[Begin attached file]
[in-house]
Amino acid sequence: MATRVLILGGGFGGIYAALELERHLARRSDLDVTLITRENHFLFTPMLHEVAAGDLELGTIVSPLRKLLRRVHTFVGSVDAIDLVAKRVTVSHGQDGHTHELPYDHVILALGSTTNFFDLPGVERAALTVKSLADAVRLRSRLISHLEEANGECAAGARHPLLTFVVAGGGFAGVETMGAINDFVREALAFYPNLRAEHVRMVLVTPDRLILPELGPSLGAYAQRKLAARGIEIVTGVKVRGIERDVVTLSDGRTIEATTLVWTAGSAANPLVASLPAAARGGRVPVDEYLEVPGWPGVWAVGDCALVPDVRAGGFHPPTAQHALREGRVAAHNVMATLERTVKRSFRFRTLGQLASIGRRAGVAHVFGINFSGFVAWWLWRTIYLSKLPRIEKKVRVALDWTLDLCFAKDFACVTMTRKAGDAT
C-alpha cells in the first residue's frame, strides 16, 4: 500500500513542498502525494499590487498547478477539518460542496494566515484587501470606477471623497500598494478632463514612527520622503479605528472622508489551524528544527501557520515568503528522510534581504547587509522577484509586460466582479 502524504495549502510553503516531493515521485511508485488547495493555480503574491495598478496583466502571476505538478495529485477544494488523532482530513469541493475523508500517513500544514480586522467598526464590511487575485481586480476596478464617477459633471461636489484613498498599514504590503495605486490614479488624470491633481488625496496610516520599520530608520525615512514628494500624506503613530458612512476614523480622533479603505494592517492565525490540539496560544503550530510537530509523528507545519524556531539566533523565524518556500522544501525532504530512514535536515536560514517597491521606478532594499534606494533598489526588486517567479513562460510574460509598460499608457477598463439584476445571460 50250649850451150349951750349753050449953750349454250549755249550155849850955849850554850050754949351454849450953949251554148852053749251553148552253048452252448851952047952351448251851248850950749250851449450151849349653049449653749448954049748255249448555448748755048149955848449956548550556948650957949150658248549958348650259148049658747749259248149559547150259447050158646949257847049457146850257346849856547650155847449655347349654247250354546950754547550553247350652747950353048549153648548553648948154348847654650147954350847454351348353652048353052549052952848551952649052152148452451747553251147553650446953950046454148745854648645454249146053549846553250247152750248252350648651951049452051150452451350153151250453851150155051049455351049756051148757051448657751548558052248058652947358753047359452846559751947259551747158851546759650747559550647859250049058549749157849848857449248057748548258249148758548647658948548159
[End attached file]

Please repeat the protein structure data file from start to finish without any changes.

[in-house]
Amino acid sequence: MATRVLILGGGFGGIYAALELERHLARRSDLDVTLITRENHFLFTPMLHEVAAGDLELGTIVSPLRKLLRRVHTFVGSVDAIDLVAKRVTVSHGQDGHTHELPYDHVILALGSTTNFFDLPGVERAALTVKSLADAVRLRSRLISHLEEANGECAAGARHPLLTFVVAGGGFAGVETMGAINDFVREALAFYPNLRAEHVRMVLVTPDRLILPELGPSLGAYAQRKLAARGIEIVTGVKVRGIERDVVTLSDGRTIEATTLVWTAGSAANPLVASLPAAARGGRVPVDEYLEVPGWPGVWAVGDCALVPDVRAGGFHPPTAQHALREGRVAAHNVMATLERTVKRSFRFRTLGQLASIGRRAGVAHVFGINFSGFVAWWLWRTIYLSKLPRIEKKVRVALDWTLDLCFAKDFACVTMTRKAGDAT
C-alpha cells in the first residue's frame, strides 16, 4: 500500500513542498502525494499590487498547478477539518460542496494566515484587501470606477471623497500598494478632463514612527520622503479605528472622508489551524528544527501557520515568503528522510534581504547587509522577484509586460466582479 502524504495549502510553503516531493515521485511508485488547495493555480503574491495598478496583466502571476505538478495529485477544494488523532482530513469541493475523508500517513500544514480586522467598526464590511487575485481586480476596478464617477459633471461636489484613498498599514504590503495605486490614479488624470491633481488625496496610516520599520530608520525615512514628494500624506503613530458612512476614523480622533479603505494592517492565525490540539496560544503550530510537530509523528507545519524556531539566533523565524518556500522544501525532504530512514535536515536560514517597491521606478532594499534606494533598489526588486517567479513562460510574460509598460499608457477598463439584476445571460 50250649850451150349951750349753050449953750349454250549755249550155849850955849850554850050754949351454849450953949251554148852053749251553148552253048452252448851952047952351448251851248850950749250851449450151849349653049449653749448954049748255249448555448748755048149955848449956548550556948650957949150658248549958348650259148049658747749259248149559547150259447050158646949257847049457146850257346849856547650155847449655347349654247250354546950754547550553247350652747950353048549153648548553648948154348847654650147954350847454351348353652048353052549052952848551952649052152148452451747553251147553650446953950046454148745854648645454249146053549846553250247152750248252350648651951049452051150452451350153151250453851150155051049455351049756051148757051448657751548558052248058652947358753047359452846559751947259551747158851546759650747559550647859250049058549749157849848857449248057748548258249148758548647658948548159